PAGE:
"Hi! Everybody!"--Always wondered if this was a nod to Madonna's craptastic first single...anyway, this is a sped-up Lee greeting and seating us: "Good evening, and hi everybody! Welcome to Ciccone Youth, The Whitey Album." This would have made more sense as the first thing on the album, but having it in the middle makes it all funnier. Which is an important thing to consider, when you are packaging your entertainment product.

"Burnin' Up"--This is all Watt, like when the Wu let Method Man have his own track on Enter the Wu Tang. But that was 'cause RZA was perceptive enough to know that Meth's voice and looks appealed to the female consumer, whereas the rest of them fucks was bobcat sorters of the highest order. In the case of this song, however, I just gotta think there's no way you can deny Watt, not if he's hangin' around that much.

Madonna seriously, once upon a time, had songs for days. I don't know what went awry. There's theories for sure. I don't blame the passage of time and the inevitable decay and atrophy, 'cause Sonic Youth have been around for nearly 30 years and The Eternal slays like a dungeon fulla Zelda Blue Knights. I think Thurston was both onto something as well as on something when he blamed Maddy's slide into creative uselessness on aerobics and weight training.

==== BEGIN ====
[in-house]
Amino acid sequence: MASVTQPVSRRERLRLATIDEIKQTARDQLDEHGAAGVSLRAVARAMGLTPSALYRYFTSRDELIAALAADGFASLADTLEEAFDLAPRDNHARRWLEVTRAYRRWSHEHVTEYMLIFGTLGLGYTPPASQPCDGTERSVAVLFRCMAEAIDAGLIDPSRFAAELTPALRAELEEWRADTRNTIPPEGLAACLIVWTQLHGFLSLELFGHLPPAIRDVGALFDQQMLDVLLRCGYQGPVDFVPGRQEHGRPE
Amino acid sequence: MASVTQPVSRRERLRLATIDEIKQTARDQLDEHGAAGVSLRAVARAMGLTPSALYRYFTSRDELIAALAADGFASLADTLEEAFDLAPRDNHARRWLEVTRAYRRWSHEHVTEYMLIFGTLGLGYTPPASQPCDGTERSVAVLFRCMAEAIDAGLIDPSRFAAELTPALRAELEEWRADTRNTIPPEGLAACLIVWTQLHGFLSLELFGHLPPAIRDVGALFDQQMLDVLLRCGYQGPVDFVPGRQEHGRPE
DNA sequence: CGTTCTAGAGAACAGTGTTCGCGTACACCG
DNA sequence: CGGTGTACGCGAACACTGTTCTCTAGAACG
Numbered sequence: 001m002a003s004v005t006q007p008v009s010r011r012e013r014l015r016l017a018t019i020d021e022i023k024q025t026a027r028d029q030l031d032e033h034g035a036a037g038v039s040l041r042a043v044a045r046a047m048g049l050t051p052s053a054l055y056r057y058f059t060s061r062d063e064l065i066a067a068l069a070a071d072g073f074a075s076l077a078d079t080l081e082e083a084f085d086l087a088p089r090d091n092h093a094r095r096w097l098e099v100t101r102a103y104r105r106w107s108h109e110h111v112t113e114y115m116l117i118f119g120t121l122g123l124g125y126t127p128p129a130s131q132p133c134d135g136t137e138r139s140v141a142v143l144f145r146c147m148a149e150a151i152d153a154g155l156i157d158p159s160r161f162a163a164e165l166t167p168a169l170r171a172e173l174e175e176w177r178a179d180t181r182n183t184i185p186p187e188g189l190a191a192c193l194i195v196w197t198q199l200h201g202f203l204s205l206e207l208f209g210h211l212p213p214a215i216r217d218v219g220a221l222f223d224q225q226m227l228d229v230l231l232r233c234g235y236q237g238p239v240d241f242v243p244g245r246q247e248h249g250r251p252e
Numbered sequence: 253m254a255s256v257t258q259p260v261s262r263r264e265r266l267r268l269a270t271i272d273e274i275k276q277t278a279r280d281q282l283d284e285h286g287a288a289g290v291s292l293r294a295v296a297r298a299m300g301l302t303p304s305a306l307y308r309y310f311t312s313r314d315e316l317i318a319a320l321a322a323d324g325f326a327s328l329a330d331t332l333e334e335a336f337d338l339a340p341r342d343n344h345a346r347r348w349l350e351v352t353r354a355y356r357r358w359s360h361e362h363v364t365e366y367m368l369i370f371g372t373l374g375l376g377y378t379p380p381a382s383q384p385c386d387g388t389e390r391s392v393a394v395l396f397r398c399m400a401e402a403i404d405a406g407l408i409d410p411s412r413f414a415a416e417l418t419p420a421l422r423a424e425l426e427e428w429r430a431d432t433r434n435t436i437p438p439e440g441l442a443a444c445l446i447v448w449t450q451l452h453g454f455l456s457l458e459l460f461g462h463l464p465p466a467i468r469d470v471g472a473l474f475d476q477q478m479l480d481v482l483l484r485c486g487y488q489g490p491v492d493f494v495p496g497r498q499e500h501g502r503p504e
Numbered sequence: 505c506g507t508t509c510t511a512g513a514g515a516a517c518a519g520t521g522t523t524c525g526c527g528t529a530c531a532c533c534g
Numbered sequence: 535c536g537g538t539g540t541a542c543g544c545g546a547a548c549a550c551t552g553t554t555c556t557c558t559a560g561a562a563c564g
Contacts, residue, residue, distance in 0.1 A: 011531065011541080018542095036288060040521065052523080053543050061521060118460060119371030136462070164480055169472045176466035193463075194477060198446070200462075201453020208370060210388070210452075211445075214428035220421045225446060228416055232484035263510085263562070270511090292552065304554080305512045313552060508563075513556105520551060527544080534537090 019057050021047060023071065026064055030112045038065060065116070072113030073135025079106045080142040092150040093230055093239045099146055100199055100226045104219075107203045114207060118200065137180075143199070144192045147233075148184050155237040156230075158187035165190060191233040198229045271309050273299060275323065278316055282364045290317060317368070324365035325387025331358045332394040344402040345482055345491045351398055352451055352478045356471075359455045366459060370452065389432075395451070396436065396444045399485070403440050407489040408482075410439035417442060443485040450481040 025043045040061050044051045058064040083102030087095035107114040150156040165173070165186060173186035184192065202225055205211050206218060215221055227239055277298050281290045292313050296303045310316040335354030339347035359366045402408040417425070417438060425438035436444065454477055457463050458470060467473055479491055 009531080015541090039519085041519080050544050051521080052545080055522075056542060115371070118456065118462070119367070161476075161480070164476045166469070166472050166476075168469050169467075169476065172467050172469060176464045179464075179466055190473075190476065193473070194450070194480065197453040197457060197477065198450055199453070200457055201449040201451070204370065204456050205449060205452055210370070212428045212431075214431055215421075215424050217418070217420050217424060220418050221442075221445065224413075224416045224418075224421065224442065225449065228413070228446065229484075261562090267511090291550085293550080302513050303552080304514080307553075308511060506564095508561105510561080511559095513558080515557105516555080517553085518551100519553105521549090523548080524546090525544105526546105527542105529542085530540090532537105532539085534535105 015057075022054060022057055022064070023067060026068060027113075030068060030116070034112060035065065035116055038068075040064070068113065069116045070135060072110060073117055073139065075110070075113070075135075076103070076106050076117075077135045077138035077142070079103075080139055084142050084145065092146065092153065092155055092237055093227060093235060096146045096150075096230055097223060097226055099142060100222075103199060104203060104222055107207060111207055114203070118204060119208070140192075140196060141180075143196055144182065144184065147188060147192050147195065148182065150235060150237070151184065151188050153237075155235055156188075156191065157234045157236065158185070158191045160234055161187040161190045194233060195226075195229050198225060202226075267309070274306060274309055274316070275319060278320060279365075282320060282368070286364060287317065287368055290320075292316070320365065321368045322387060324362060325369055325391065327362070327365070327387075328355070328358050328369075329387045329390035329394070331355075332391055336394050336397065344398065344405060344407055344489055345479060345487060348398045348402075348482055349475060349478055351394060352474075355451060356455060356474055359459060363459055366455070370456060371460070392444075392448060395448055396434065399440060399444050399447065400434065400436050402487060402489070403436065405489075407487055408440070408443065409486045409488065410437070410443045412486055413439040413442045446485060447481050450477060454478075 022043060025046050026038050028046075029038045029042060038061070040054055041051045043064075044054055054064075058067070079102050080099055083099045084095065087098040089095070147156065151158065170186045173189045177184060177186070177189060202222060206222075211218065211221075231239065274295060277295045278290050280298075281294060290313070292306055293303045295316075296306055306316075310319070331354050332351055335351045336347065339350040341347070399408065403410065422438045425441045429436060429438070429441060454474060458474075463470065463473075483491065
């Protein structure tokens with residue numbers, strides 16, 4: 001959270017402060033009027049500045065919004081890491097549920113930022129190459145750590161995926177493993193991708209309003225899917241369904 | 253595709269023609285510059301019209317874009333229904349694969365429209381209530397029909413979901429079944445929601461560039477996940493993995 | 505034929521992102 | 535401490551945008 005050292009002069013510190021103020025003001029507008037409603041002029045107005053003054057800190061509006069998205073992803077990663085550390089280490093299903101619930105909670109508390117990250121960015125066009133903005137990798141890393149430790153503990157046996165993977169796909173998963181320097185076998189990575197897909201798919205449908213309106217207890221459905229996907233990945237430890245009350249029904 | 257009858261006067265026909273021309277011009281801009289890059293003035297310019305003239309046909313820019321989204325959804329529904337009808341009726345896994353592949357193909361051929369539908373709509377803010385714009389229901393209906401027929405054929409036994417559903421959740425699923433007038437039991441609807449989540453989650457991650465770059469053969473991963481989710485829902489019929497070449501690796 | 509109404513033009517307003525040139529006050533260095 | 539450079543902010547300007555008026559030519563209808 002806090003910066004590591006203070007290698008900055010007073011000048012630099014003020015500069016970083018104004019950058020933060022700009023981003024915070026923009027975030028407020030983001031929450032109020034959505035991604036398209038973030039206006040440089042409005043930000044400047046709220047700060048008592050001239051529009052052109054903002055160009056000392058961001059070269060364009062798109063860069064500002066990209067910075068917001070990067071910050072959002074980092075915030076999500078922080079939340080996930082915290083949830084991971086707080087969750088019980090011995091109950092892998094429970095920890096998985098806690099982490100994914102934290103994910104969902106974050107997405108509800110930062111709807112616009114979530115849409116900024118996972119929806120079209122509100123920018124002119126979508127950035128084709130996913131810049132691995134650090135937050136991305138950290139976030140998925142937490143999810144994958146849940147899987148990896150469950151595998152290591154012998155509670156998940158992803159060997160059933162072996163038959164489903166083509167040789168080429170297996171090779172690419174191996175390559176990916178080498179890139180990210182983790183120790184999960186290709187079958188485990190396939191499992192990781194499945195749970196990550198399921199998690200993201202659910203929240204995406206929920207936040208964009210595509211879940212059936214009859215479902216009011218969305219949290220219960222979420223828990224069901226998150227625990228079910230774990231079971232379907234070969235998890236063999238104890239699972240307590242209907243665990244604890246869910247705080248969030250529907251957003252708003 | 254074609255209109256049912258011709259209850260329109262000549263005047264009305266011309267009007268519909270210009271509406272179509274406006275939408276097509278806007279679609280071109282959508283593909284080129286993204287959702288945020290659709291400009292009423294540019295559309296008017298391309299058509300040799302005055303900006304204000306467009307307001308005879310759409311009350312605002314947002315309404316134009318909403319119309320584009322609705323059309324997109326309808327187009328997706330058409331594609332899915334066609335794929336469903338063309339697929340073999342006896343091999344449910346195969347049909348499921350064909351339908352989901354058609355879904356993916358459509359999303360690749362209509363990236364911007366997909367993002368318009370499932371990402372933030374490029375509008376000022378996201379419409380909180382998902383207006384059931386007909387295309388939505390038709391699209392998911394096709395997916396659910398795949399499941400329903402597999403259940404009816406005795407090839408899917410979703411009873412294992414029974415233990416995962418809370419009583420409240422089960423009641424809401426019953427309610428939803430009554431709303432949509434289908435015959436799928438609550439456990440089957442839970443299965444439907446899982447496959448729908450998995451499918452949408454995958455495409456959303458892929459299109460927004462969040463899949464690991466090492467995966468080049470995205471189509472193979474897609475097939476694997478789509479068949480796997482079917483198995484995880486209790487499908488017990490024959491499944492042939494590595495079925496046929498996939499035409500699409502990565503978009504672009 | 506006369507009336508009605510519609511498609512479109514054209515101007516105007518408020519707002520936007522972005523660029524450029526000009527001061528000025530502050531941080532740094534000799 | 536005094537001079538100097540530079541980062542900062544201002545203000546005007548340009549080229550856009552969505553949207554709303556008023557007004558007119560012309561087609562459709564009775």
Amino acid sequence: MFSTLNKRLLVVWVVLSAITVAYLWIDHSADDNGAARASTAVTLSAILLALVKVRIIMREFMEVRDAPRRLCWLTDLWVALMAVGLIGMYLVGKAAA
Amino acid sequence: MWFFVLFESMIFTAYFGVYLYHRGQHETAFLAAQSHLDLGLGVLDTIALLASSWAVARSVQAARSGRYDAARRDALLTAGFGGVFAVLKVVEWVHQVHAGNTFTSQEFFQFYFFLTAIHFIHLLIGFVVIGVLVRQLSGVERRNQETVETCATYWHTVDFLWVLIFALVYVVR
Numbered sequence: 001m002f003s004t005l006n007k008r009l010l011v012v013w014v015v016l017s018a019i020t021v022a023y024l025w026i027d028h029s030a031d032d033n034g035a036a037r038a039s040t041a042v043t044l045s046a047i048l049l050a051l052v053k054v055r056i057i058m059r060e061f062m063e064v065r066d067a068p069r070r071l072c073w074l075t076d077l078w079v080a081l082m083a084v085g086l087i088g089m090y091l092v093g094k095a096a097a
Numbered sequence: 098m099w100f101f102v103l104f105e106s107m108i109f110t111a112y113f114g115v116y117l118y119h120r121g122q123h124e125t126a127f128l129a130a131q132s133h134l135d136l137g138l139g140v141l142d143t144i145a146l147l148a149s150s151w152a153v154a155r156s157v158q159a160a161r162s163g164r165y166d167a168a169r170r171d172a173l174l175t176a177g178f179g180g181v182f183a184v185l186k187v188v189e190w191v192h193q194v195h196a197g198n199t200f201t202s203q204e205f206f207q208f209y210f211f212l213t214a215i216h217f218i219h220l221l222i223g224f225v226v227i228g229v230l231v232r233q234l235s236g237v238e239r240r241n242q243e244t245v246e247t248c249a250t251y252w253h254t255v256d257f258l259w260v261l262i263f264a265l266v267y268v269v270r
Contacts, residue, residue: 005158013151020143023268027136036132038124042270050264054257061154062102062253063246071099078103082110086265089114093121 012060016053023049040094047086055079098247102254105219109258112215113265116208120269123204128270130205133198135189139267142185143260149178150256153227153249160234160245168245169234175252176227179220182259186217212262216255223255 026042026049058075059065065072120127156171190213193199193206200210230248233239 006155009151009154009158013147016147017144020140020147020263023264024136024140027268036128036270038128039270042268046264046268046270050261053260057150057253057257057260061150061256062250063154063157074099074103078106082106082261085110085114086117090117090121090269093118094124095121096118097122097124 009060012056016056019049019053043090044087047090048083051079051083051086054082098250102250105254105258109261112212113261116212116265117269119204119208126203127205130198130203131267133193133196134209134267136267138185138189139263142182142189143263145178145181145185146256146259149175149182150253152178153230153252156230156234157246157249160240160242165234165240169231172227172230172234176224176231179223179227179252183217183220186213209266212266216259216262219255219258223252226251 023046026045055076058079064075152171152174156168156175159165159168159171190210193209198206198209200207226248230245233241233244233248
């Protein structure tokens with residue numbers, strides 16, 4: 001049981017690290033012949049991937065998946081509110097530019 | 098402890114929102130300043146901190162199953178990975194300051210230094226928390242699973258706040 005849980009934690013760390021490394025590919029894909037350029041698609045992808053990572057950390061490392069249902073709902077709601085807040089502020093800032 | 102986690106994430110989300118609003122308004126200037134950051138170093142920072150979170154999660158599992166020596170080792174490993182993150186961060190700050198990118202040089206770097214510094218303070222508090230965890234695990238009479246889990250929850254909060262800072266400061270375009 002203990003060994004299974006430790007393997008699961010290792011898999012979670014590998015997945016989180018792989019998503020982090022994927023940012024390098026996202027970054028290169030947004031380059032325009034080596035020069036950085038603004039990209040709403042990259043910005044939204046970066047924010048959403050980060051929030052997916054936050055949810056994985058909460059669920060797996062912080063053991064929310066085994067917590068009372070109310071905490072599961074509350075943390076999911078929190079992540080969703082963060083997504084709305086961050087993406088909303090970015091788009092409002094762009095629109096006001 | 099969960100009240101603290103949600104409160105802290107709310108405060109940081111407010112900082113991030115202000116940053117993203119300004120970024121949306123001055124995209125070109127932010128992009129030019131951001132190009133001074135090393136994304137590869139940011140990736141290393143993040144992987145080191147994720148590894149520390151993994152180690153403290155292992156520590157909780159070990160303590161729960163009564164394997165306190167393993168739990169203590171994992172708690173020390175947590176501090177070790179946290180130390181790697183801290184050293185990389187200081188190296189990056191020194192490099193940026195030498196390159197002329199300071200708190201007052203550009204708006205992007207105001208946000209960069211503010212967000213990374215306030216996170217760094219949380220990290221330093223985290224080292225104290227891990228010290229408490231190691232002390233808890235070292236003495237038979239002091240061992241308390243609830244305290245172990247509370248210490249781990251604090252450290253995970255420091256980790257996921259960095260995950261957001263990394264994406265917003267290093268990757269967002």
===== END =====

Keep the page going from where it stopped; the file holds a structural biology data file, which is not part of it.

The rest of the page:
This is ultimately a throwaway moment, though. "Dress You Up" woulda been a better choice, but how could anyone have known back then that it would get left off The Immaculate Collection? We thought "Dress You Up" was going to be remembered forever...forever...forever...

"Children of Satan/Third Fig"--Starts with backward-ass sinth that, if played in reverse, says: "Eighty percent of Pink Floyd's discography sounds better played this way!" Then there's "Third Fig," which always makes me wonder what happened to the first two. The chiming strings throughout are a premonition of the gentler passages on the forthcoming Daydream Nation.

"Two Cool Rock Chicks Listening to Neu!"--Read carefully, 'cause I am only going to type this out once, until it comes up again in some future post at which point I will reiterate basically the same thing.

It's pronounced "noy." It translates into English from German as the word for "new," but it is not pronounced that way. Mein blust ist neu. People whose job it is to craft catchy magazine article slogans may want you to believe otherwise, but this is laziness at worst and propaganda at best. Also, it's not said "kraft" like the cheese or "work." It's krahft-verk. What the fuck is a bratwurst? I don't know, T-bone; 'cause it's not said that way! Vurst! Say it correctly! Stop passive-aggressively punishing Germans for sins of the past!

Yeah. That felt good.

The two cool chicks are Kim and storied goddess of the stage lights Suzanne Sasic (who once misspelled my last name as "Bennington" when she sent me some stuff I'd won on Ebay). They talk casual snark on the prospects of managing Dinosaur Jr. Then Mascis shows up and puts his foot down and a whooole buncha cool shit fills air and space and then...